Back to the Green Party for a moment, if you had up to five weeks of free national publicity available in order to advocate for ideas to save the planet, would you waste your breath on whether your leader can be on a televised debate no one will watch? Watching the Green Party in action is about as much fun as reading Wikipedia, which is what all their campaign materials read like.

The Green Party does have some worthwhile principles on supporting denser, low-carbon emission cities with good transportation options. But the party's platform document and corresponding website reads like a PhD thesis, and is D-U-L-L. The Green Party should be all about cities, because it's how we build our urban areas which will have the biggest impact on saving the planet. Furthermore the green message resonates loudest in cities, not in rural Canada.

A body calling itself the Council for Canadian Urbanism (CanU) sent out a 10-point "call to action" addressed to all federal parties in an open letter. CanU's list is a tall order:

  1. A National Urban Policy
  2. A National Housing Policy
  3. A National Transportation Policy
  4. An effective National Climate Change Strategy
  5. New funding and legislative tools for cities
  6. Future economic stimulus focused on "smart growth" not "shovel-ready"
  7. Tax reforms to reflect full-cost accounting for housing choices
  8. Federal tax incentives for new rental housing
  9. Reinstatement of the long-form census
  10. Electoral reform for proportionate representation in urban areas

While I salute CanU's objectives, my advice would have to not ask for things the ruling government opposes outright, such as the long-form census. While good data is important, the smarter political strategy would have been to leave that one out.

The Council itself features an impressive list of city makers, with Vancouver's Brent Toderian as its current president. Perhaps what they need in their group is a little more political punch, including a federal Liberal and Tory insider to guide them. While their goals may be in the best interests of Canadian cities, navigating the often murky political waters is sometimes the only way to get things done.

So will Canada's cities get something out of this election? If there is I don't see it.

- post by Mike. Follow @MikeKlassen or @CityCaucus on Twitter.

16 Comments

"Green Party, who haven't got a snowball's chance of even electing a single MP"

I guess you haven't been following the action in Elizabeth May's riding of Saanich/Gulf Islands.

Mike,

While I generally agree with what you're saying, I do feel that enshrining the gas tax fund into law does provide something to cities...albeit not something new...but ensuring those funds keep flowing for regional transit projects is a good thing...I just wish they'd increase it.

Basically I agree with your points in this post and would like to see some intelligent debate on urban issues as part of this election, but ...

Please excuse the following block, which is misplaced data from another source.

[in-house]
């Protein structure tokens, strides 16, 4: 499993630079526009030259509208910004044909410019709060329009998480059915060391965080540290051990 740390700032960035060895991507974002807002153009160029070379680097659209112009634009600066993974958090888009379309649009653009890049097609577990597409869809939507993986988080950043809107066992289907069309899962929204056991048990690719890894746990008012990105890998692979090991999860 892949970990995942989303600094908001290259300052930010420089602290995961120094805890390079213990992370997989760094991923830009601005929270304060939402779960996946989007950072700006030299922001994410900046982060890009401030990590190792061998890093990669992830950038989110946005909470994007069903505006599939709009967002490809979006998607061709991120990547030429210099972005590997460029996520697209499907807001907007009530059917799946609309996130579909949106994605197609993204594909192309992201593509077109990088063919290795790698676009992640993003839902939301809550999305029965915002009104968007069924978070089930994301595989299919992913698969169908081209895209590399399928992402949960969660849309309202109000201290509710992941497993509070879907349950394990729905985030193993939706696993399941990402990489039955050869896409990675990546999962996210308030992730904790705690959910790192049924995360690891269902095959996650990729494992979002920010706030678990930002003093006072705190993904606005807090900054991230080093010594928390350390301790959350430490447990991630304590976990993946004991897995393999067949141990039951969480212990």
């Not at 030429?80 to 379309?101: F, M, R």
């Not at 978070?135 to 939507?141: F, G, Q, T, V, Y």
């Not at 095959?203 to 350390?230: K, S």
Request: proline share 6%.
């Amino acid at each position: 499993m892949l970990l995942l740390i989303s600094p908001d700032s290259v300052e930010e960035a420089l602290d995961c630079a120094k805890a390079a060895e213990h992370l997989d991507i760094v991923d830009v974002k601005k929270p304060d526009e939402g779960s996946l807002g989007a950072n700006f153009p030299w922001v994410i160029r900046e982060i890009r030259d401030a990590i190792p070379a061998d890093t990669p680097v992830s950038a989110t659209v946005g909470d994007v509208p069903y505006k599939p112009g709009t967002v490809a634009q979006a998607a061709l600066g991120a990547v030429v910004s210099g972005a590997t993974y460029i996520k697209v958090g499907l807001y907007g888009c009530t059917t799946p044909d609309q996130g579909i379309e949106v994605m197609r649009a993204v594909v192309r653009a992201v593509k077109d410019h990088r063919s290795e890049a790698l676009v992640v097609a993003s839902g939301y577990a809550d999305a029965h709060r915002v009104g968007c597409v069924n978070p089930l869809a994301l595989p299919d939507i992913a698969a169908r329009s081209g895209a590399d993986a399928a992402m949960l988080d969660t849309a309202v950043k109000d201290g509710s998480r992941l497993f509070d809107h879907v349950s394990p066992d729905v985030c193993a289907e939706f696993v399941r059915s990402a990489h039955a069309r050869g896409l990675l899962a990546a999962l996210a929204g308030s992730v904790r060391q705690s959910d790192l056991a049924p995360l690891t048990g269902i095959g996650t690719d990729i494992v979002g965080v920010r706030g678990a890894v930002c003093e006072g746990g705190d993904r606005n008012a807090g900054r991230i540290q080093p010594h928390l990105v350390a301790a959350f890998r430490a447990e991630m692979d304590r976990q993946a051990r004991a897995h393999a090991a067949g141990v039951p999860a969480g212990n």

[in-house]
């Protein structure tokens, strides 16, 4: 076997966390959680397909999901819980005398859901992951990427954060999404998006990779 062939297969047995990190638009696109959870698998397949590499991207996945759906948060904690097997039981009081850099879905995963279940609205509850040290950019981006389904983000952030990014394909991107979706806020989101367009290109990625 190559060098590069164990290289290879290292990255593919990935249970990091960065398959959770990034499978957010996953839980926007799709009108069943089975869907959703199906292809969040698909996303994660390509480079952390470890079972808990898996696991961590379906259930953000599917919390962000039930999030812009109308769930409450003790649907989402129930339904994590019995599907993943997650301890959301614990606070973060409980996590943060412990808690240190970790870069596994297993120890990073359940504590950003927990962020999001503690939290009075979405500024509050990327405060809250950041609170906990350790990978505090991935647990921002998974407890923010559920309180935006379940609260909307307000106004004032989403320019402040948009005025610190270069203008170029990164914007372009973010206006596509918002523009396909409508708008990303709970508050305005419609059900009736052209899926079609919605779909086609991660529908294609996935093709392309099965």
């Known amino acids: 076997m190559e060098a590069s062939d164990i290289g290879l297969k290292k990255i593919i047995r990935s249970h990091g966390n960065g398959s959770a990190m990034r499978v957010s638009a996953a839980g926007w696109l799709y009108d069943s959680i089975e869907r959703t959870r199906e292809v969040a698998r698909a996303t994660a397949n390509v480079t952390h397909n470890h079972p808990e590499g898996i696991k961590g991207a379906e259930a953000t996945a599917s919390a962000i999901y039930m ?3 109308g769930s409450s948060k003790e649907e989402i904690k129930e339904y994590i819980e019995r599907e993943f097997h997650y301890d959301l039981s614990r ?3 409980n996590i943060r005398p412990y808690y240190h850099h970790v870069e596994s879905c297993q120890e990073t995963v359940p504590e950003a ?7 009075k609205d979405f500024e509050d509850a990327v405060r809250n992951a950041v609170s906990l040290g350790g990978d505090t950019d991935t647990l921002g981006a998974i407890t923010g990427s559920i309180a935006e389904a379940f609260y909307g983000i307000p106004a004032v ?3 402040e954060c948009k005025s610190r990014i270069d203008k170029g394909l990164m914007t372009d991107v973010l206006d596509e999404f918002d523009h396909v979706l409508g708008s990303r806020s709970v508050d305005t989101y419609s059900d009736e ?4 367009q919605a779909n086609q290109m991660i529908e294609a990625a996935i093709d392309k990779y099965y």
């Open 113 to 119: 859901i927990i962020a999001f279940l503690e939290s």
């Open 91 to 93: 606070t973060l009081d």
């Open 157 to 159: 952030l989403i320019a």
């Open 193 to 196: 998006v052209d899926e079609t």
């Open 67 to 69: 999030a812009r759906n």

Do we really want federal parties (or even provincial parties) getting too involved in urban issues? I would rather solve the urban issues at the urban level.

What we really need is (i) a shift a taxation authority from the federal and provincial level to the municipal level and (ii) strong city charters that give cities and their residents some autonomy from the actions of the - 'senior' levels of government.

What percentage if the taxes collected from Vancouver are spent in Vancouver?

@Jason, thanks for the reminder on this. I saw it earlier and have updated the post. You're right, not new, but good to have it as secure funding.

@Don Barthel. You're right, I've not been paying close attention to the Saanich riding. Call me a skeptic (one of many out there), but if the Greens finally pull this one off I say congratulations to them.

Jason,

Where does it state that gas tax funds flow into regional transit projects?

Ok, I thought you meant they currently do. I find it incredibly stupid that the government charges a gas tax under the pretense of environmental or 'green' benefits but then that money goes into the big pot that ends up building more highways!

cut all taxes by 10 percent, cut all government by 10 percent, cut all government regulations by 10 percent and you would have a modest start toward creating real wealth for the average canadian. those who suck off the government teat have to be controlled. we are going broke, much like the u.s., spending money on useless programs and bureaucracy that free people do not need. come on get behind someone who will follow through on reducing government. oh, i forgot, there is no such person.

There are way too many hands extended for federal monies and too little money available right now. Ottawa has to reduce its spending to get the deficit back in line. That means less for everyone including cities. Let us not go down the path of the Americans, Icelanders, Irish, Greeks, and British. Let us maintain a proper sense of financial stability. Our kids will thank us.